- Side Project of your choice! There is some kernel that brought you to Druidry. Perhaps the bardic arts drew you to this path. Your ancestors might have pushed you to explore Druidry. Learning how to heal through herbs or being a midwife of birth and/or death could have inspired you. Your activism might have needed a boost. Whatever that seed was, feed it. Pick a book by a Pagan author that delves deeper into that seed. Nimue Brown has fantastic books that really touch on some of the most interesting seeds. I’d recommend Pagan Dreaming or Druidry and the Ancestors by Nimue Brown. A book on Ogham might also be helpful. A Druid book on herbalism might help you become the Ovate you hope to be.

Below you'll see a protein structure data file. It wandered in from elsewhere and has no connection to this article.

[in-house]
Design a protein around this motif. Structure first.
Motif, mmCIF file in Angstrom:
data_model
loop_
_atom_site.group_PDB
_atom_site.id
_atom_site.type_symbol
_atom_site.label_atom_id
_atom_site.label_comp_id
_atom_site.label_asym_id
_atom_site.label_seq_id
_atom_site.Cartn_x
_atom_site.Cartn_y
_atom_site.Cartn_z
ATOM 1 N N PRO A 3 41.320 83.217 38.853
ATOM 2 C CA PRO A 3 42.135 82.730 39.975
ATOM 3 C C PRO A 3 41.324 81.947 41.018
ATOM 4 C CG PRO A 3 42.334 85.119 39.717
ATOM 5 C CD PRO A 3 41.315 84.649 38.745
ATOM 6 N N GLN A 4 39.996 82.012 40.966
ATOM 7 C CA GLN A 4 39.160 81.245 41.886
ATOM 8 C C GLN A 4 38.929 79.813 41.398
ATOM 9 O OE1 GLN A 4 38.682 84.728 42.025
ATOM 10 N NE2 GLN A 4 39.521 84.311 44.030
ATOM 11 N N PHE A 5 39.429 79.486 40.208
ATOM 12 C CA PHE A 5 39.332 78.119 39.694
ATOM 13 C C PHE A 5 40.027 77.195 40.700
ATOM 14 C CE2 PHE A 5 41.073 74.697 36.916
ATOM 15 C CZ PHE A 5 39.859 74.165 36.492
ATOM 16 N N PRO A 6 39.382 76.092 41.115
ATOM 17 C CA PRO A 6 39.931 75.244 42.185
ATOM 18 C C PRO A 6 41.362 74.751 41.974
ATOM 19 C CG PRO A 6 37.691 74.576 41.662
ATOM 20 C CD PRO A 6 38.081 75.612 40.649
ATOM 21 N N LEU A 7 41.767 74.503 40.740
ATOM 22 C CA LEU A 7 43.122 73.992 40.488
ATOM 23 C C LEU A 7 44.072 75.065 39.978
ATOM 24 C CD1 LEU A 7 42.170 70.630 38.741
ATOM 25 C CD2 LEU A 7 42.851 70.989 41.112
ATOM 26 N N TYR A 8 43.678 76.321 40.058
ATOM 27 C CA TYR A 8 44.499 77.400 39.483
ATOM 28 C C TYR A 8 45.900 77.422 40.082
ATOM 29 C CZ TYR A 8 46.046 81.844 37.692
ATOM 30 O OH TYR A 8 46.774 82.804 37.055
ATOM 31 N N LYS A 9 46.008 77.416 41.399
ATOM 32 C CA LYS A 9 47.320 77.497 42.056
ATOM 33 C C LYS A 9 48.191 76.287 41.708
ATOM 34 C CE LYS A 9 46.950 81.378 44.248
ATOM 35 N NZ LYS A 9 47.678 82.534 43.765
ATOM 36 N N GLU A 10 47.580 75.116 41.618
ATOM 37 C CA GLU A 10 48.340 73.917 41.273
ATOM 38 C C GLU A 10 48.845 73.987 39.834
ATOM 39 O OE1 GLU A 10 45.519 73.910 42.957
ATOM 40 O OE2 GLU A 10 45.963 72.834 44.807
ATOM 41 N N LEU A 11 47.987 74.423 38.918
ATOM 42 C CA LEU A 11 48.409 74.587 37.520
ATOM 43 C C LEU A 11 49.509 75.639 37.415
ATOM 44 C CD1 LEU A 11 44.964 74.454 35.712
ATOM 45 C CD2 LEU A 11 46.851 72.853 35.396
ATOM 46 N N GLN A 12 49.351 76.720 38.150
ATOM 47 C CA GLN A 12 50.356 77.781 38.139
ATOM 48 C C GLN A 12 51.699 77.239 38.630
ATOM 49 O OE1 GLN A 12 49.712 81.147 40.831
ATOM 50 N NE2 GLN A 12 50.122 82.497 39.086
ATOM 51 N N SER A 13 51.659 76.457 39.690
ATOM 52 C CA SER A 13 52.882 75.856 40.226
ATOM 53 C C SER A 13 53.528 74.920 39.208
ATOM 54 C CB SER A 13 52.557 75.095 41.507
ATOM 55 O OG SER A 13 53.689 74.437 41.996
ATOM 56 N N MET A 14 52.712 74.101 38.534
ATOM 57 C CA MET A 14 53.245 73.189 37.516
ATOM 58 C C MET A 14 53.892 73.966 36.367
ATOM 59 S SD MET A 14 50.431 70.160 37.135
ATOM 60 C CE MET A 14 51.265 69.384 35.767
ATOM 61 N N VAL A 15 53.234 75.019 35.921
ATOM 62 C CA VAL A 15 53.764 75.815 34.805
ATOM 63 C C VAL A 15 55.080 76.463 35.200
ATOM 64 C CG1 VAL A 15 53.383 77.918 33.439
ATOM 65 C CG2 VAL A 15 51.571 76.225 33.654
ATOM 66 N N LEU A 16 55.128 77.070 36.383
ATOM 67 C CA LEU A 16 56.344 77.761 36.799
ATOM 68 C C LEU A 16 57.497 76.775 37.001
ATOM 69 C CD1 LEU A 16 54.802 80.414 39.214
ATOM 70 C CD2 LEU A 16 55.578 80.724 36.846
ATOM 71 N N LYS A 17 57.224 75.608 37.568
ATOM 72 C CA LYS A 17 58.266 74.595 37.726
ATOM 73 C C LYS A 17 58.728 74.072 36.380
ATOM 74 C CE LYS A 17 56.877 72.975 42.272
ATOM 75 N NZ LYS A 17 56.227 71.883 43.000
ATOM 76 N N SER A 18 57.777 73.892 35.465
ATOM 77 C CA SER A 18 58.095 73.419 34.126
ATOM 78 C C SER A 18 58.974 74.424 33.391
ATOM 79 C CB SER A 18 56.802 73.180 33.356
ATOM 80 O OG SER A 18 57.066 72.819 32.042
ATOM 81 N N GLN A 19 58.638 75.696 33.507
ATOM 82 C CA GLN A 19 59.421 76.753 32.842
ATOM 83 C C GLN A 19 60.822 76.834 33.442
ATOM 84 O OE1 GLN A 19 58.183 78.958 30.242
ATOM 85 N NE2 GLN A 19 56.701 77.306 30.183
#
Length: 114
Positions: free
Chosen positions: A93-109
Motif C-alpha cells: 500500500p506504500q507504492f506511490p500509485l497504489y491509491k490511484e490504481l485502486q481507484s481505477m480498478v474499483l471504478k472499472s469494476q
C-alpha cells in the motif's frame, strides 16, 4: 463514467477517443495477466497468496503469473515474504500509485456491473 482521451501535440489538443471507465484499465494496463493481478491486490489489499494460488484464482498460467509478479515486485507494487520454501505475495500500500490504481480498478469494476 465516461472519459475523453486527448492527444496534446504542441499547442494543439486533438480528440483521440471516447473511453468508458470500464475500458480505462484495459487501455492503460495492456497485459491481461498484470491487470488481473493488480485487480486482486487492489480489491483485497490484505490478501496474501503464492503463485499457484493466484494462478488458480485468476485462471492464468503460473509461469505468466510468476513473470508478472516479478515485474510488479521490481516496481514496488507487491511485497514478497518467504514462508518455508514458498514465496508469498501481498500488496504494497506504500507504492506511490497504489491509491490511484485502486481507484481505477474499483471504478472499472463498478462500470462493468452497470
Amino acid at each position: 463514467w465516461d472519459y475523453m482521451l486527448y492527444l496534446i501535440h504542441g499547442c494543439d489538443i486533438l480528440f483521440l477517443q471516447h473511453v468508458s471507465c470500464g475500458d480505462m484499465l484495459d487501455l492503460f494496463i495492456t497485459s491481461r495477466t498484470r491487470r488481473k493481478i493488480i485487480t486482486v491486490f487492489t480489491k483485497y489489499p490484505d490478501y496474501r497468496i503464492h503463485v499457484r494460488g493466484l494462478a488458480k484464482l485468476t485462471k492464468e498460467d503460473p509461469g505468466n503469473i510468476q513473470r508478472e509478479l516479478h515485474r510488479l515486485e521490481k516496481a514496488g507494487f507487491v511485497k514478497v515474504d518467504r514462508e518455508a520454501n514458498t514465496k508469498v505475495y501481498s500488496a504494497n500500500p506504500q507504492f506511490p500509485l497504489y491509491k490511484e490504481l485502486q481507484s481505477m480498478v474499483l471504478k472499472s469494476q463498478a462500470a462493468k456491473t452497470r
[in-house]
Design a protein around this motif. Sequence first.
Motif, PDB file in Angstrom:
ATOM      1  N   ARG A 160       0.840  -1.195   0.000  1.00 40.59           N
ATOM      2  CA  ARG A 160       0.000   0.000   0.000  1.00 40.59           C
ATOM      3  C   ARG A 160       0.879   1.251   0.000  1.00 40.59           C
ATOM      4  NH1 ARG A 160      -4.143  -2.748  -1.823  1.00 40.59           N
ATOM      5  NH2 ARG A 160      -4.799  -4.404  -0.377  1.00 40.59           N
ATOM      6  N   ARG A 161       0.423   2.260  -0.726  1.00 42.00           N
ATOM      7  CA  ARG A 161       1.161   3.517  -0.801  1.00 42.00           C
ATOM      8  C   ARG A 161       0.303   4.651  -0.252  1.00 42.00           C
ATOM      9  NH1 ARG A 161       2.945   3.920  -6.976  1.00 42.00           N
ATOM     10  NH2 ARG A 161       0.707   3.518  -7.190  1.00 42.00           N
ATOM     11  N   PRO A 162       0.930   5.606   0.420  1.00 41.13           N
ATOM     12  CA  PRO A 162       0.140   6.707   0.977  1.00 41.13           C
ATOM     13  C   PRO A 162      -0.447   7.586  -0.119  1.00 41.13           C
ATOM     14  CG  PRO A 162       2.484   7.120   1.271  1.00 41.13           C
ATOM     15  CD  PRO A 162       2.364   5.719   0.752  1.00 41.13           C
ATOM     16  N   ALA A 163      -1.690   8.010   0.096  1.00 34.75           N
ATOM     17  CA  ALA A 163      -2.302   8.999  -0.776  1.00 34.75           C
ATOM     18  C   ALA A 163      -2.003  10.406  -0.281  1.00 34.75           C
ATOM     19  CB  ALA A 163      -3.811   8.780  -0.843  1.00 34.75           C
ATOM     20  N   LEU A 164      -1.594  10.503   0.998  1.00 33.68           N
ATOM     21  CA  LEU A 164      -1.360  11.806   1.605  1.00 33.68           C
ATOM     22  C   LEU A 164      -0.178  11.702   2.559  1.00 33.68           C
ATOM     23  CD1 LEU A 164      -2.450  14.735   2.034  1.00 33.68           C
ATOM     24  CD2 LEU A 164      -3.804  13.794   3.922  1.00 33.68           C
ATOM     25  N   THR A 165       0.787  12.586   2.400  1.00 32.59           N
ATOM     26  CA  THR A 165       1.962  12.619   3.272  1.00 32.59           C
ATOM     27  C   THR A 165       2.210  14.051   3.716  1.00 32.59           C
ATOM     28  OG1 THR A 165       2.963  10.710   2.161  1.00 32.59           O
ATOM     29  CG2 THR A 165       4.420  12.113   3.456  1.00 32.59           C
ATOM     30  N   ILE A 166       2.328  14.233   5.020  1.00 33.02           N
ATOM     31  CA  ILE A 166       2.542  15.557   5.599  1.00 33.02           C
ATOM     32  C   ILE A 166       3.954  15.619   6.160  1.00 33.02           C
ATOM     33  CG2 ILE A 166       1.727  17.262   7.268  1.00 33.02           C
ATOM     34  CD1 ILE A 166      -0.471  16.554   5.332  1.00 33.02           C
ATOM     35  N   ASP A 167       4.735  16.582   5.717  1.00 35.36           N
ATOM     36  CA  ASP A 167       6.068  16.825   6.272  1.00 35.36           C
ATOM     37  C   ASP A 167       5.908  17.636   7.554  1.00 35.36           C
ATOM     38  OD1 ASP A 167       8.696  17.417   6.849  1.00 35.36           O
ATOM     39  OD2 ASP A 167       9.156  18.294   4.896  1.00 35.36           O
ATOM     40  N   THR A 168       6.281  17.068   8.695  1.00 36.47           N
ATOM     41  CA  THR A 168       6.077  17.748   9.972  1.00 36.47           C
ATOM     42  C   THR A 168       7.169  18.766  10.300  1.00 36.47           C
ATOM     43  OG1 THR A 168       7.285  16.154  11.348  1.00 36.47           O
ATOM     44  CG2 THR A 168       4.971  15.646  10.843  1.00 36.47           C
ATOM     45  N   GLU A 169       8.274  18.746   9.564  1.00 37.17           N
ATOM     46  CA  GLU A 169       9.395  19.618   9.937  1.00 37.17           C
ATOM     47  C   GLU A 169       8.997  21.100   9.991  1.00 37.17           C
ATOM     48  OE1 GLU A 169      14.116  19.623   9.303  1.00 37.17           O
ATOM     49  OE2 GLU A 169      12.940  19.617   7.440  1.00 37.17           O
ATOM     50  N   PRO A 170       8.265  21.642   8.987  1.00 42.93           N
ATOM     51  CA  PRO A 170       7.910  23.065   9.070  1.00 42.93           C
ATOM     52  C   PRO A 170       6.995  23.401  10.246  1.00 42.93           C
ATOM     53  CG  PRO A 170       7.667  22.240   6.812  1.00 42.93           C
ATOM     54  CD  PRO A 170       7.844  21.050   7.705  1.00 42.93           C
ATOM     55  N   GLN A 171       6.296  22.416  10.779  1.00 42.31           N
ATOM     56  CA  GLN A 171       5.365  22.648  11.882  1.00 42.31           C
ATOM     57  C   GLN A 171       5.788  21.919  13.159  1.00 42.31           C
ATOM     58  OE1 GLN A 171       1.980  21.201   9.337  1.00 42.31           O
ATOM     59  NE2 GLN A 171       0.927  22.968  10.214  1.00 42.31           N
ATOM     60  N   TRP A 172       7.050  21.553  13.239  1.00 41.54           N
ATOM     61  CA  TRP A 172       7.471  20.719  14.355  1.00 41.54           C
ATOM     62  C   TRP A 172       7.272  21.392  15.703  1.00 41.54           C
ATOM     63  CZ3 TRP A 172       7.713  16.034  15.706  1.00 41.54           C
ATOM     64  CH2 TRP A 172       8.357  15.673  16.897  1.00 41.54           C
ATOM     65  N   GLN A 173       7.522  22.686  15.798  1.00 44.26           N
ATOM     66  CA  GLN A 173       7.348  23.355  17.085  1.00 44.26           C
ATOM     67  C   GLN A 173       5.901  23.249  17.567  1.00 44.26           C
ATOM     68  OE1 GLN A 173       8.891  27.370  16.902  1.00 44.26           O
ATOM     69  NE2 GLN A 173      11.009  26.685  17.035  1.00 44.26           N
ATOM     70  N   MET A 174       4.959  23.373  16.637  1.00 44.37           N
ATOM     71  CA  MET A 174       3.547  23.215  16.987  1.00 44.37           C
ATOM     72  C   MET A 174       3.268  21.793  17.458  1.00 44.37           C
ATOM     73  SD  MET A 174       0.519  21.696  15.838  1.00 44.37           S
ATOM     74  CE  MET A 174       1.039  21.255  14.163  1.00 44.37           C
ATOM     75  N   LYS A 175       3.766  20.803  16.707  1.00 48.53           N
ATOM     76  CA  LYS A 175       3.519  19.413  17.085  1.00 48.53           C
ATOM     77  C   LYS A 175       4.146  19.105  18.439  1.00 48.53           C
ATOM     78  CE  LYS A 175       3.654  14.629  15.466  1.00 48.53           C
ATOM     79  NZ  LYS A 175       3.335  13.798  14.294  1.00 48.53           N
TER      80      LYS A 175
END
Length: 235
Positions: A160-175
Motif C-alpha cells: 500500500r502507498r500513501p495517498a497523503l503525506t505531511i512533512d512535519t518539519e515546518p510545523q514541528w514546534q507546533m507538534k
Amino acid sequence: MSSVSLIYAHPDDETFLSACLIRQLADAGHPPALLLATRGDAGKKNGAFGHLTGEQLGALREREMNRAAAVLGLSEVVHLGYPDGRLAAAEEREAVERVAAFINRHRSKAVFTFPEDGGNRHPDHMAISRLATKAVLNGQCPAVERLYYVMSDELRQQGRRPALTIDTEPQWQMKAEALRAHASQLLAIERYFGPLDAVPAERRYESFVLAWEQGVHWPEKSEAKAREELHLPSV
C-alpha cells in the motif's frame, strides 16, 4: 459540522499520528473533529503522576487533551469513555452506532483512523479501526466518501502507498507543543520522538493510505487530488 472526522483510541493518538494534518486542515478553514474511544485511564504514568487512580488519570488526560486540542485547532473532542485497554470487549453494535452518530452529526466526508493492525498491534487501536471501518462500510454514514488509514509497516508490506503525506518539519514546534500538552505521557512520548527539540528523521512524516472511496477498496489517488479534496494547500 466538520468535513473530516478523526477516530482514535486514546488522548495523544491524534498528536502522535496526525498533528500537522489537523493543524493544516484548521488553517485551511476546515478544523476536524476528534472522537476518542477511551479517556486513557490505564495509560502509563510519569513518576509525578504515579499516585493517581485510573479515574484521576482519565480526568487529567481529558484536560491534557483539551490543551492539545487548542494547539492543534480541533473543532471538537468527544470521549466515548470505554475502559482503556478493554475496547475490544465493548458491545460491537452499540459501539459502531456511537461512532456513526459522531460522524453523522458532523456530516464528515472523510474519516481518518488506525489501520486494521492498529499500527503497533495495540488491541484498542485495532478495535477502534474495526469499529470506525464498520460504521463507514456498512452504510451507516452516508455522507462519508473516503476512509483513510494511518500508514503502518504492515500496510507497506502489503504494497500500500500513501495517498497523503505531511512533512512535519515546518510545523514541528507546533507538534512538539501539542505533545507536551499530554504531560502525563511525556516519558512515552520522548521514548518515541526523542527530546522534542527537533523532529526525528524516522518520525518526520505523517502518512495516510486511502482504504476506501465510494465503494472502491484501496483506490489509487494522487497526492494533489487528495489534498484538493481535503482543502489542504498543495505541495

- Anam Cara by John O’Donohue. This is not strictly a book about Druidry. It’s just one of the most inspiring books I’ve ever read. I re-read it all the time and find great wisdom in its pages. Don’t be afraid to find the threads of Druidry in the places you least expect it. If this is the right path for you right now, you’ll find it impacting your life in a multitude of ways.
I wish you joy and wisdom as you dig into the path of Druidry. You’ll find your own way, but hopefully these ideas help you feel excited about what Druidry has to offer you. You’ll note that I said nothing about you needing to be white, Celtic, poor, wealthy, able-bodied, or live in a certain area. I firmly believe that Druidry has gifts for everyone. My Druidry has very little with trying to re-create a historically accurate Druid practice. I’m all about allowing the wisdom of our ancestors and the spirit of place to meet us where we all are in this diverse world today. To all beginners, I wish you the peace of the sacred grove.